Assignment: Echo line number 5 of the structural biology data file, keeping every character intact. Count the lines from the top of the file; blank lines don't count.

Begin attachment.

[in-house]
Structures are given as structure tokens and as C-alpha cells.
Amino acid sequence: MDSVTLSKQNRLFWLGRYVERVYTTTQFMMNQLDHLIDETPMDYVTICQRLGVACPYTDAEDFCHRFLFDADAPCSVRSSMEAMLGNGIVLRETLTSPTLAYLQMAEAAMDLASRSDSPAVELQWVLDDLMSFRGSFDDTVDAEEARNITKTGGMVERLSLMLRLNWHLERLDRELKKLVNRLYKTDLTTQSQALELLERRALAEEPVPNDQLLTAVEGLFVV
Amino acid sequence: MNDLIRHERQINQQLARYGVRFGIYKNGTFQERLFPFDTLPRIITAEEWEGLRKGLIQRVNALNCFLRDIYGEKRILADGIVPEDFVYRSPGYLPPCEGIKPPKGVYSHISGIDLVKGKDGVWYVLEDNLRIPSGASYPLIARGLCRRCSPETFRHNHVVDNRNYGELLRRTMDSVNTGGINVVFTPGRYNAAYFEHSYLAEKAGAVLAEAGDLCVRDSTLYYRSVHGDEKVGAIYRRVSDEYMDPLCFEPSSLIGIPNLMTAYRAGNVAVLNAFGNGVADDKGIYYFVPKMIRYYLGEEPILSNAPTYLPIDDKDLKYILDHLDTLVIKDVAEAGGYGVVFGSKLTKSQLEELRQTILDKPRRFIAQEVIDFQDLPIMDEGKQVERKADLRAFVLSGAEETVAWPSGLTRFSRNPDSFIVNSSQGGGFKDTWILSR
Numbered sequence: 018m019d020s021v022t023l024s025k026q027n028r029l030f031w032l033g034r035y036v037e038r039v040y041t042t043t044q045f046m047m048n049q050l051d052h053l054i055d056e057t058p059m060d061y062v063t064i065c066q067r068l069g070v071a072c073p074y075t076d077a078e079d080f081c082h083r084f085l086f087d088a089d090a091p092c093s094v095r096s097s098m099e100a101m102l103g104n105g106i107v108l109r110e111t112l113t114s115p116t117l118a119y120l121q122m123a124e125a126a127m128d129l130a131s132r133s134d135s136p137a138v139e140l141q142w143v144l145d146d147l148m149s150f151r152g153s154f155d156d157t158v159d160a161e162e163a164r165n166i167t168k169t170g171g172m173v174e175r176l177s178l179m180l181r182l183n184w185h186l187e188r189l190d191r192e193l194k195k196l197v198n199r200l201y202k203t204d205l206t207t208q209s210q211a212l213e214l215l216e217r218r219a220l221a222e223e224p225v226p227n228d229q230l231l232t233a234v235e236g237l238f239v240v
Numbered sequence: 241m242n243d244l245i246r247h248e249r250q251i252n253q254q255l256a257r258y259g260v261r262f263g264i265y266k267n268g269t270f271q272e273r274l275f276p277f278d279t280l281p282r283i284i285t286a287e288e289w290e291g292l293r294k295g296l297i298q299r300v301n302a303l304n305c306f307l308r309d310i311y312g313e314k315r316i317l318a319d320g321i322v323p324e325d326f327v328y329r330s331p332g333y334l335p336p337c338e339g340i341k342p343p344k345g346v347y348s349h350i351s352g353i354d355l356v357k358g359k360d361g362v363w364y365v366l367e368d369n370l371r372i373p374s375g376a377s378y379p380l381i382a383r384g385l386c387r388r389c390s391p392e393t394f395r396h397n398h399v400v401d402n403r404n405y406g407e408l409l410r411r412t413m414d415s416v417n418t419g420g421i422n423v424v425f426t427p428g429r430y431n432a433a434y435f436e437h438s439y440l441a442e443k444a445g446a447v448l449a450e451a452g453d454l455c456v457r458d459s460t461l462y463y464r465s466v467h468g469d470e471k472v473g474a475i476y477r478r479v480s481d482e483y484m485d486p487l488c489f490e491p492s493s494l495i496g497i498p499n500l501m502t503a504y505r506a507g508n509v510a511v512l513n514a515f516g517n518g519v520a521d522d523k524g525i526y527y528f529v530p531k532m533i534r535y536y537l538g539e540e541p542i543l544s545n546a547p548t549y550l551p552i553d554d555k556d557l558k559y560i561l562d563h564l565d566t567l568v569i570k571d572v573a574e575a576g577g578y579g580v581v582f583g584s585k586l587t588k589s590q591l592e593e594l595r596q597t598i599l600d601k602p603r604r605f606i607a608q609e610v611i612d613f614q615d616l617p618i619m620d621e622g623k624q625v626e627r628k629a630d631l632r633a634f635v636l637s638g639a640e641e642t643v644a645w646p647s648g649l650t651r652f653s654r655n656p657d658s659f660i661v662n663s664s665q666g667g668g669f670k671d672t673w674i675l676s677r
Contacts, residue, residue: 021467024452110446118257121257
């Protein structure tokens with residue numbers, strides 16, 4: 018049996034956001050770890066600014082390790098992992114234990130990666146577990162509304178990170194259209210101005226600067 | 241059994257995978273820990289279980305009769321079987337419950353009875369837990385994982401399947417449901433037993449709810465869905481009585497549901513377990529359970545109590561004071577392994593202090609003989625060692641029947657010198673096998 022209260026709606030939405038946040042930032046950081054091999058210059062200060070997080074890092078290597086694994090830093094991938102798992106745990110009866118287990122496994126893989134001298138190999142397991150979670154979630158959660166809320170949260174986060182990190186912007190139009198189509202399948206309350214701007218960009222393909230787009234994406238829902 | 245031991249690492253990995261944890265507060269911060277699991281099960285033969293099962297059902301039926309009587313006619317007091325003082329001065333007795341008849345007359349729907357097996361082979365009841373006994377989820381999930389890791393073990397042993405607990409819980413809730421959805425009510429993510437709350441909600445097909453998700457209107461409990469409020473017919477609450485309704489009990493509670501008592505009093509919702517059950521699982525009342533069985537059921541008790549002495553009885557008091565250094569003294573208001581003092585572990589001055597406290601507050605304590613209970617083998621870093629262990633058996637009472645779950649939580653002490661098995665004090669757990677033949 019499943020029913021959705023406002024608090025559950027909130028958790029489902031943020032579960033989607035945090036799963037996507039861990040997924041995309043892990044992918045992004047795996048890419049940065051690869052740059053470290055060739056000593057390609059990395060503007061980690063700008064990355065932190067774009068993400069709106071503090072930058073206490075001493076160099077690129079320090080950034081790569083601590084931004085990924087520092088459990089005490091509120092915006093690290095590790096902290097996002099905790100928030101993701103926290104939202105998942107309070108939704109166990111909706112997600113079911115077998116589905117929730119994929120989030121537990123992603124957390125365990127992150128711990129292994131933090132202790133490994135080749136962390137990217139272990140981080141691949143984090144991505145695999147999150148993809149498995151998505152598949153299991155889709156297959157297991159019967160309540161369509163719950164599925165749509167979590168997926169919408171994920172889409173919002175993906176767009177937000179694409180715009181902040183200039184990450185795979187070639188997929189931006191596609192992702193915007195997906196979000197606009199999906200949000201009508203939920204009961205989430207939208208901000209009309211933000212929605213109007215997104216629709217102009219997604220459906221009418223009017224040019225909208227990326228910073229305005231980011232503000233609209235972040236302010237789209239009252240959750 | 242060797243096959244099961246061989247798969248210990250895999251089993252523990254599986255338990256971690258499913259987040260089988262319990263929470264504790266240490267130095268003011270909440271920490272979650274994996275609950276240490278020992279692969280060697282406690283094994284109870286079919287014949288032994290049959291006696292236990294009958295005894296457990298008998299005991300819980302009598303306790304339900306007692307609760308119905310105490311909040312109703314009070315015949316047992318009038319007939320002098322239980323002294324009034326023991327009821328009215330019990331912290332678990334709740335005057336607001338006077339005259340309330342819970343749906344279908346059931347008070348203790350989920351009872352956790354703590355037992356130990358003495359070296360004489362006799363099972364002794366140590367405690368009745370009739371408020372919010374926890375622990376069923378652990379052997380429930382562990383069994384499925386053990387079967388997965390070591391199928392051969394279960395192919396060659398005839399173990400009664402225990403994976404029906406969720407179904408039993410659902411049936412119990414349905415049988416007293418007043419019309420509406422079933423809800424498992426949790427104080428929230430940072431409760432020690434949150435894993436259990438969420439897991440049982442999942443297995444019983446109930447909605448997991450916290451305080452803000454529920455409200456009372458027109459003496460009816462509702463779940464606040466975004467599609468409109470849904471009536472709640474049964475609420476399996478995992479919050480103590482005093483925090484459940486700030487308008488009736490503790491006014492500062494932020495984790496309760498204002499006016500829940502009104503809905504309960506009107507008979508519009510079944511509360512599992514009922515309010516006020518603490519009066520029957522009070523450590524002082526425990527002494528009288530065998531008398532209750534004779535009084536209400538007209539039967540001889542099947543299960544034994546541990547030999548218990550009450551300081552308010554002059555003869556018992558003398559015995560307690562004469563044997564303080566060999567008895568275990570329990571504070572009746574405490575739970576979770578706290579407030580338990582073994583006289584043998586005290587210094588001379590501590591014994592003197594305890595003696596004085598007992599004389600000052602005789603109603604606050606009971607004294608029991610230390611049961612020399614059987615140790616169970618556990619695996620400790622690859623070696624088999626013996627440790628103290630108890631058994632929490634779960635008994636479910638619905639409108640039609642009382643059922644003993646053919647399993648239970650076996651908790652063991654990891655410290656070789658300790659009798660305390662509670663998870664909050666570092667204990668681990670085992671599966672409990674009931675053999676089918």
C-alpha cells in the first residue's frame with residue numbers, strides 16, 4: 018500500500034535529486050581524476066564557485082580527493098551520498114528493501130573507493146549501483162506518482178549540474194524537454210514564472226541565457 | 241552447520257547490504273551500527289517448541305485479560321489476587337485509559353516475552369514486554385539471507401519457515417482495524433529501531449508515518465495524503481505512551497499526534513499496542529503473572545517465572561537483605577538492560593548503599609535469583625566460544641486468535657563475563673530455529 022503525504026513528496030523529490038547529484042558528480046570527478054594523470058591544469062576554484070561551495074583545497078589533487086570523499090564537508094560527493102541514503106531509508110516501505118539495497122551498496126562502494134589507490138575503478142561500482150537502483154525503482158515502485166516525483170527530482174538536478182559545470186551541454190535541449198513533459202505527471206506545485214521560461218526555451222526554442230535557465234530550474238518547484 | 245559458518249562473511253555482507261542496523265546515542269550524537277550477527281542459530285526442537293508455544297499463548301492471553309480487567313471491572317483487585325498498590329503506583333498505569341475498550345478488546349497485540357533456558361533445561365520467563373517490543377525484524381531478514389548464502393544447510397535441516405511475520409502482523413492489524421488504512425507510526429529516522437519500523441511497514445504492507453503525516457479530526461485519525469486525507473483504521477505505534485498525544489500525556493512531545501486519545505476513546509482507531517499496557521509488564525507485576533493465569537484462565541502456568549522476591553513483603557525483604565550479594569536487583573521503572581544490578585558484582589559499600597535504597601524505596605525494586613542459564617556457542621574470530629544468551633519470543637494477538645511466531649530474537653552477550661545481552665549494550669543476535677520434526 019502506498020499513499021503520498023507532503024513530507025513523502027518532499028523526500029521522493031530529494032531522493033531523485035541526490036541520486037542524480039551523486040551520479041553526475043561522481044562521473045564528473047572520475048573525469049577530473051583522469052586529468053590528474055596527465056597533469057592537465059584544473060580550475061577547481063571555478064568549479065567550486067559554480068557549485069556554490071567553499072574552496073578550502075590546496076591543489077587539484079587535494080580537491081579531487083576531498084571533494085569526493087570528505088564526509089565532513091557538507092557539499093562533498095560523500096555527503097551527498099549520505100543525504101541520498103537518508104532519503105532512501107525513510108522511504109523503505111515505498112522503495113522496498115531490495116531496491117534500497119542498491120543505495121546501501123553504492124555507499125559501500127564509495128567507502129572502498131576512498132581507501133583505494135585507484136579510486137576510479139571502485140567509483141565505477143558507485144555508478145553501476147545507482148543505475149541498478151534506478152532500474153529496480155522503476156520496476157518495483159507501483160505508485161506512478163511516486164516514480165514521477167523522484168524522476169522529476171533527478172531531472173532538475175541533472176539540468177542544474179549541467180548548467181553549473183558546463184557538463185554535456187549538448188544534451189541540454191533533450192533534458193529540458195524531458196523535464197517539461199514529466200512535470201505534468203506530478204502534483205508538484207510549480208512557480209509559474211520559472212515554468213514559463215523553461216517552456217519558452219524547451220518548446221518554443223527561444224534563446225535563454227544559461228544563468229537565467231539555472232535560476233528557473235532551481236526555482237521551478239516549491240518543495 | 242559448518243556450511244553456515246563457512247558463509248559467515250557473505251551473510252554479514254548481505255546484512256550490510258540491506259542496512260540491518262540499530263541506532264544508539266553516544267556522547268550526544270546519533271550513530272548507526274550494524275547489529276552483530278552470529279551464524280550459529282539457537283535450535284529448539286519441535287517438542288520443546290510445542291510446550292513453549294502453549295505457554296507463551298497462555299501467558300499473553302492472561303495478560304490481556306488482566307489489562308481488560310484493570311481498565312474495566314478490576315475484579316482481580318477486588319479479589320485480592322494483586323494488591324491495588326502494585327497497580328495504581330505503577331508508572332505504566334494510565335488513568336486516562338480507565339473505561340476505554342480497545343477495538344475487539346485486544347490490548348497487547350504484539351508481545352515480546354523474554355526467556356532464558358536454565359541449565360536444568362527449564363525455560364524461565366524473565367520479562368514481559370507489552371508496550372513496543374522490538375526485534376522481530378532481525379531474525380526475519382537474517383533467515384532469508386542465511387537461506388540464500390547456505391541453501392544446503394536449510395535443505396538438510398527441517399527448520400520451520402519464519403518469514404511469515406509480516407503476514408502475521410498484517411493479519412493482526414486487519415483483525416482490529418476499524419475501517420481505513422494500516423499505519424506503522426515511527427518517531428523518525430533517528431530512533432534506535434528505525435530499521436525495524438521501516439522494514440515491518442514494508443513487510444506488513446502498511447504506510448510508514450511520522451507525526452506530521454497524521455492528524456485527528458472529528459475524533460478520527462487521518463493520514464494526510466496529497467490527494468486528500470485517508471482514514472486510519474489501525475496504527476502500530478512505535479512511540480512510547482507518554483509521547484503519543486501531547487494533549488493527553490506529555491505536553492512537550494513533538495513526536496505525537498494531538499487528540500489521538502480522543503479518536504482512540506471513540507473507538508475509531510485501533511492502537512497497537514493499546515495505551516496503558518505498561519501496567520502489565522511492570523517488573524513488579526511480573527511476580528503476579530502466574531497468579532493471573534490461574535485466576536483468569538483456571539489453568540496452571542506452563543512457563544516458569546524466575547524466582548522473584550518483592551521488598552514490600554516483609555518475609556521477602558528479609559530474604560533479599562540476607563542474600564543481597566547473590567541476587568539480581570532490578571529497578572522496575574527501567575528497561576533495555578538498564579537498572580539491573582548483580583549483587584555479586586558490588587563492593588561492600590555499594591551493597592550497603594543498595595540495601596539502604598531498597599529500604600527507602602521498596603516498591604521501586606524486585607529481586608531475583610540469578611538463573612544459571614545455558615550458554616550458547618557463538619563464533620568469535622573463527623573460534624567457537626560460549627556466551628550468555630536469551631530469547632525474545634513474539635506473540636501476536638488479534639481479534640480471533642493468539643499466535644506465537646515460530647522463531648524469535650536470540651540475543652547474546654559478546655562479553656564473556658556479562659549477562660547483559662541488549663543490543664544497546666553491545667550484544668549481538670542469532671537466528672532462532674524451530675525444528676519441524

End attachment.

Numbered sequence: 018m019d020s021v022t023l024s025k026q027n028r029l030f031w032l033g034r035y036v037e038r039v040y041t042t043t044q045f046m047m048n049q050l051d052h053l054i055d056e057t058p059m060d061y062v063t064i065c066q067r068l069g070v071a072c073p074y075t076d077a078e079d080f081c082h083r084f085l086f087d088a089d090a091p092c093s094v095r096s097s098m099e100a101m102l103g104n105g106i107v108l109r110e111t112l113t114s115p116t117l118a119y120l121q122m123a124e125a126a127m128d129l130a131s132r133s134d135s136p137a138v139e140l141q142w143v144l145d146d147l148m149s150f151r152g153s154f155d156d157t158v159d160a161e162e163a164r165n166i167t168k169t170g171g172m173v174e175r176l177s178l179m180l181r182l183n184w185h186l187e188r189l190d191r192e193l194k195k196l197v198n199r200l201y202k203t204d205l206t207t208q209s210q211a212l213e214l215l216e217r218r219a220l221a222e223e224p225v226p227n228d229q230l231l232t233a234v235e236g237l238f239v240v